Grab’s Uber takeover violated Vietnam’s competition law

By Hoai Thu   December 12, 2018 | 07:12 pm PT
Grab’s Uber takeover violated Vietnam’s competition law
Grab’s acquisition of Uber showed signs of violation of competition law, said Minítry of Industry and Trade. Photo by Reuters
The Trade and Industry Ministry says its investigation has found evidence that Grab’s acquisition of competitor Uber violated Vietnam’s Competition Law.

The investigation, carried out by the ministry’s competition and consumer protection department, found that the two ride-hailing firms had failed to report their merger to competition authorities as needed.

They merger they carried out was also not allowed by Vietnamese law, the ministry said Wednesday.

The 2004 Competition Law requires any merger or acquisition that results in a company gaining a 30 percent market share to be reported to competition authorities.

If a company gains a 50 percent market share from the deal, it can only be implemented with express permission from the authorities.

The department’s preliminary investigation has found Grab’s market share in Vietnam exceeded 50 percent since Uber quit the market last April.

But Grab claimed that since its combined market share with Uber in Vietnam was less than 30 percent, it did not have to "inform the competition authority before proceeding and completing this transaction in the country."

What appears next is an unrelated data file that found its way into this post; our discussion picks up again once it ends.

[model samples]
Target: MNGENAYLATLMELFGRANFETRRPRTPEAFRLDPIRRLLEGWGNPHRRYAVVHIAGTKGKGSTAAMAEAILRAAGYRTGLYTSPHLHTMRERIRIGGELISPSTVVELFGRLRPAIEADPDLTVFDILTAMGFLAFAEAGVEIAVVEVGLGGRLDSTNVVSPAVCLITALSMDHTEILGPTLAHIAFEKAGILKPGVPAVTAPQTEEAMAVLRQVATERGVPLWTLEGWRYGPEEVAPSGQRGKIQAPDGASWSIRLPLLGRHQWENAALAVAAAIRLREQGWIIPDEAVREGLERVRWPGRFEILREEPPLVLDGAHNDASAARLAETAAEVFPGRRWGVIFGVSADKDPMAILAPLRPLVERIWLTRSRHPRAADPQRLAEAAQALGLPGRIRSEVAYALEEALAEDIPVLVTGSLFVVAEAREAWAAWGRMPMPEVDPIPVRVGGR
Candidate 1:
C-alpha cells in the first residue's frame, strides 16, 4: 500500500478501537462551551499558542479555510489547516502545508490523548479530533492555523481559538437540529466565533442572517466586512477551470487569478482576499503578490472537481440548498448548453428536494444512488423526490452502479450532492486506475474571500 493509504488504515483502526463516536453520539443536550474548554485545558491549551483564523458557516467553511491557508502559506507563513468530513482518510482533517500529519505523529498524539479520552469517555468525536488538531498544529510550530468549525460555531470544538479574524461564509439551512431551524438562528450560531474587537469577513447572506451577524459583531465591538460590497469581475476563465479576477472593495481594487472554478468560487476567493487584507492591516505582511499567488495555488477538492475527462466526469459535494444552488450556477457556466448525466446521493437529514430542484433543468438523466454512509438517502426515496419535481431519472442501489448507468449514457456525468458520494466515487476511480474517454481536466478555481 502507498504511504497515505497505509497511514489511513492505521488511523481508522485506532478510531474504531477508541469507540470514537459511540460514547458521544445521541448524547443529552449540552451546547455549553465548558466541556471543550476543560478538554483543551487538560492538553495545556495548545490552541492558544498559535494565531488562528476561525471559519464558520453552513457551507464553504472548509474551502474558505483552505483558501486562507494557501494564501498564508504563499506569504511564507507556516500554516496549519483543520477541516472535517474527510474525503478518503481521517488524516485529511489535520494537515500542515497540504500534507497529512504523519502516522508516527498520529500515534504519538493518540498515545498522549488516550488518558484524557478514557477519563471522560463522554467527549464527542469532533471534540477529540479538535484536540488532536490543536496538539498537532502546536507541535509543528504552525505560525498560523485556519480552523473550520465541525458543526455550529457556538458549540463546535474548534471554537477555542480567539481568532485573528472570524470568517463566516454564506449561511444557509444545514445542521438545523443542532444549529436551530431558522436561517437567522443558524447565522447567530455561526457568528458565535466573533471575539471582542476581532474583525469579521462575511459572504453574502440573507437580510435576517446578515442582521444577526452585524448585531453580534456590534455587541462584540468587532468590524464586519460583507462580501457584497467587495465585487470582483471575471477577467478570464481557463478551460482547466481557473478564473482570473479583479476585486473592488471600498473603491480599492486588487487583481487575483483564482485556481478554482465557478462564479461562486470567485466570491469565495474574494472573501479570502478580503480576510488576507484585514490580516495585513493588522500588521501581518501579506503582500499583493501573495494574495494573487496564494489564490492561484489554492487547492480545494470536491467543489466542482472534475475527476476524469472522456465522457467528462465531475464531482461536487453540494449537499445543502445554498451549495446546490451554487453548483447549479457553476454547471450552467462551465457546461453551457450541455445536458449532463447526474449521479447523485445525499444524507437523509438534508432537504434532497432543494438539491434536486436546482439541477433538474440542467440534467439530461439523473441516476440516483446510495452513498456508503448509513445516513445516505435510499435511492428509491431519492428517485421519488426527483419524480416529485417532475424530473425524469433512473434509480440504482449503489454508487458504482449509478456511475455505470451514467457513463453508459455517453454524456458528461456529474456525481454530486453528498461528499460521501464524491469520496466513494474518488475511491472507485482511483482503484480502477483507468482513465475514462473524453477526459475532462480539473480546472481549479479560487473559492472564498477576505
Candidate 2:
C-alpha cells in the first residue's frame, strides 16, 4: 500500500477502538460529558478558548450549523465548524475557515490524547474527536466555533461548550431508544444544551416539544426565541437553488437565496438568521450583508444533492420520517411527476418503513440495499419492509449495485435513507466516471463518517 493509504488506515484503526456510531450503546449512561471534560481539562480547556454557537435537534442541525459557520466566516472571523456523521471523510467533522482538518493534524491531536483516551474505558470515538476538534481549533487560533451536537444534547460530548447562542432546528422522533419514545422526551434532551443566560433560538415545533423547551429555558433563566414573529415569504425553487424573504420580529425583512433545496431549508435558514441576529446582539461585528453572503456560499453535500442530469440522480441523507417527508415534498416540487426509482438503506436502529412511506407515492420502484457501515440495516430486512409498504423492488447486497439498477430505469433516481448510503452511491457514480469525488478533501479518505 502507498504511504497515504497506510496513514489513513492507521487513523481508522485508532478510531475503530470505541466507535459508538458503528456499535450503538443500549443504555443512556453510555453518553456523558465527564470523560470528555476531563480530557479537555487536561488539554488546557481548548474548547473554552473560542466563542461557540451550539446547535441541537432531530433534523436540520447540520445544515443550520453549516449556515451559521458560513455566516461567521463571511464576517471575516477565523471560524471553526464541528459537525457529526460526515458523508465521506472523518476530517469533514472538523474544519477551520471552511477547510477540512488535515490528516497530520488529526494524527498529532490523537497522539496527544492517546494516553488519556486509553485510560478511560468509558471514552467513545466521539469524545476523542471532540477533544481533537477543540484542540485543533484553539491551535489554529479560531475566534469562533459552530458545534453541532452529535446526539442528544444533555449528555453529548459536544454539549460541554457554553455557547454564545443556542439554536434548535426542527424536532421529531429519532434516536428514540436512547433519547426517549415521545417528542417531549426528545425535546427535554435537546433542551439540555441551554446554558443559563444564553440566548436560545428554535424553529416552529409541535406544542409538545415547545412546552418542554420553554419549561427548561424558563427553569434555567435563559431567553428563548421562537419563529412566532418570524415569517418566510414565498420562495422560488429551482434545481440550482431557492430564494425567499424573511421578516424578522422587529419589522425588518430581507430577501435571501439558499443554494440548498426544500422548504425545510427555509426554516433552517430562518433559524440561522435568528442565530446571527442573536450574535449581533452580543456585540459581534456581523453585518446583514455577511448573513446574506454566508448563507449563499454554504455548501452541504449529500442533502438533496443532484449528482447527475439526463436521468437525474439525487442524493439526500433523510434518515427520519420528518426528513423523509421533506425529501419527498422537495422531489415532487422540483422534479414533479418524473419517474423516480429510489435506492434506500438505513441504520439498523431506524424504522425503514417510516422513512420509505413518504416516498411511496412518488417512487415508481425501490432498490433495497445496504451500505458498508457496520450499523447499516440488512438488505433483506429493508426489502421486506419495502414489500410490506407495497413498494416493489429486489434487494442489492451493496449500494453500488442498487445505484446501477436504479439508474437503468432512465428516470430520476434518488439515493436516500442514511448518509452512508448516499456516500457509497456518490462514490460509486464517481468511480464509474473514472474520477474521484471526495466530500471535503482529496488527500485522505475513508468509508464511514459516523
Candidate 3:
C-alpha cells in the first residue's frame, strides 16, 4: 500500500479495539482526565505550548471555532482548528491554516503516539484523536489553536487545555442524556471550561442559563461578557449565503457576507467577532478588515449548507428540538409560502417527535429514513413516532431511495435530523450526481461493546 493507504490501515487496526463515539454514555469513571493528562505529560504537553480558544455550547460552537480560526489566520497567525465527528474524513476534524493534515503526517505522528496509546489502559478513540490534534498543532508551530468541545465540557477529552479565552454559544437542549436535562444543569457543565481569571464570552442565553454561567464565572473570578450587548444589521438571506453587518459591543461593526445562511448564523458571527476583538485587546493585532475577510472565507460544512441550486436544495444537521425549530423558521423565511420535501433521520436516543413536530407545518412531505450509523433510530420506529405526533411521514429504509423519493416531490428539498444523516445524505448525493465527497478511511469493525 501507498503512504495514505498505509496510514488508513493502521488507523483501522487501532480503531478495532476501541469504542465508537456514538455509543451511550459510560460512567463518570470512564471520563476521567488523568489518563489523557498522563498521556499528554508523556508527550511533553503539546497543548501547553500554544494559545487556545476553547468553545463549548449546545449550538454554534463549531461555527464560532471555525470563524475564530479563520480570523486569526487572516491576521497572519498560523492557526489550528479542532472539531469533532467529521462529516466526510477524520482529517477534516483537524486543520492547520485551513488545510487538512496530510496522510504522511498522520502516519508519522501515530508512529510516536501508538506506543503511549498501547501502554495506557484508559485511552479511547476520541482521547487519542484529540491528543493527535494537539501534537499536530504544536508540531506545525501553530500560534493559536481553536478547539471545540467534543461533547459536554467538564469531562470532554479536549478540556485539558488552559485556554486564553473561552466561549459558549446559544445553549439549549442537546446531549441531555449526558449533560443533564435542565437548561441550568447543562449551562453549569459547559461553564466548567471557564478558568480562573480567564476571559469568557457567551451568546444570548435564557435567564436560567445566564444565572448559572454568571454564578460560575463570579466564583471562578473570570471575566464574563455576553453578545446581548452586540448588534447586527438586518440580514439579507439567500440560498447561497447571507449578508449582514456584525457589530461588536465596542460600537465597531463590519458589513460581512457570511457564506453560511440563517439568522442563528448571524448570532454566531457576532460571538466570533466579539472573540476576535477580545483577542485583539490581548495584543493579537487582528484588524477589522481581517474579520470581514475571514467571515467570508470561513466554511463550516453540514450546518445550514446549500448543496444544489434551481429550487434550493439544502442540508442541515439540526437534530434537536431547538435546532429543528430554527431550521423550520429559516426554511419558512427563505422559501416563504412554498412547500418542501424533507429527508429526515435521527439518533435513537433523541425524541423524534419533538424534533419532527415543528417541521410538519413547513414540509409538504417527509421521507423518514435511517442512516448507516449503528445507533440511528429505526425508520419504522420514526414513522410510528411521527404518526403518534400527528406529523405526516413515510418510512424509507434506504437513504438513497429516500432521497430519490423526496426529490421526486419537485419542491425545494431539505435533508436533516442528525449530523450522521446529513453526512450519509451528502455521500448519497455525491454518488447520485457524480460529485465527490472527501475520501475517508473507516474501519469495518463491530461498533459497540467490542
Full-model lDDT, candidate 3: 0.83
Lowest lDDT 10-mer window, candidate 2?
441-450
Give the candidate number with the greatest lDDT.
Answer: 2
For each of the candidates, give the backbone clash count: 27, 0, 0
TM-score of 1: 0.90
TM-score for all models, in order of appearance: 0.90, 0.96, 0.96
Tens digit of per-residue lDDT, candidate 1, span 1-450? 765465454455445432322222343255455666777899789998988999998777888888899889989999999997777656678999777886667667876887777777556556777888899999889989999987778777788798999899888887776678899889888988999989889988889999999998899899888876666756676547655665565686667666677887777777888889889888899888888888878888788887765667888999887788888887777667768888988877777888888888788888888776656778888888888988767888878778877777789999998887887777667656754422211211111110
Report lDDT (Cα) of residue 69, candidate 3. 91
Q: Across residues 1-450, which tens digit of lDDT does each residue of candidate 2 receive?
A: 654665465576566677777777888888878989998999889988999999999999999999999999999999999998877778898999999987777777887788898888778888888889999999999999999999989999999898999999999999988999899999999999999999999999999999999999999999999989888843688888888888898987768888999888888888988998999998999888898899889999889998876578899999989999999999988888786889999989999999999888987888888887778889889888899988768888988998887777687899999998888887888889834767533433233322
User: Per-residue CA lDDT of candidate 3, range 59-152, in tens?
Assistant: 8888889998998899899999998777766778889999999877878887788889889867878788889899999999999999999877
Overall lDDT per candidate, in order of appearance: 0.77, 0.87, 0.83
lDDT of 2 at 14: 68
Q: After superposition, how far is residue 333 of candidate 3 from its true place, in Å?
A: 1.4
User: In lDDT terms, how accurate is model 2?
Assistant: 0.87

The merits of the case will now be decided by a panel constituted by the chair of the Competition Council.

Within 30 days of the filing of documents, the panel will make one of the following decisions: return the documents for further investigation (within 60 days), dismiss the case, or begin a hearing.

Singapore-based Grab acquired Uber in Southeast Asia in return for a 27.5 percent stake in the US company, with Uber CEO Dara Khosrowshahi joining Grab’s board.

The Philippines’s competition watchdog fined both ride-hailing in October, saying they had completed their merger too soon and that the quality of service had dipped. The regulator said it was left with no choice but to fine them a cumulative 16 million pesos ($296,873).

The Filipino watchdog was the second regulator in the region to penalize Grab and Uber.

In September, Singapore's competition authority fined both firms a total of S$13 million ($9.5 million) and announced other measures to address competition concerns arising from the merger.

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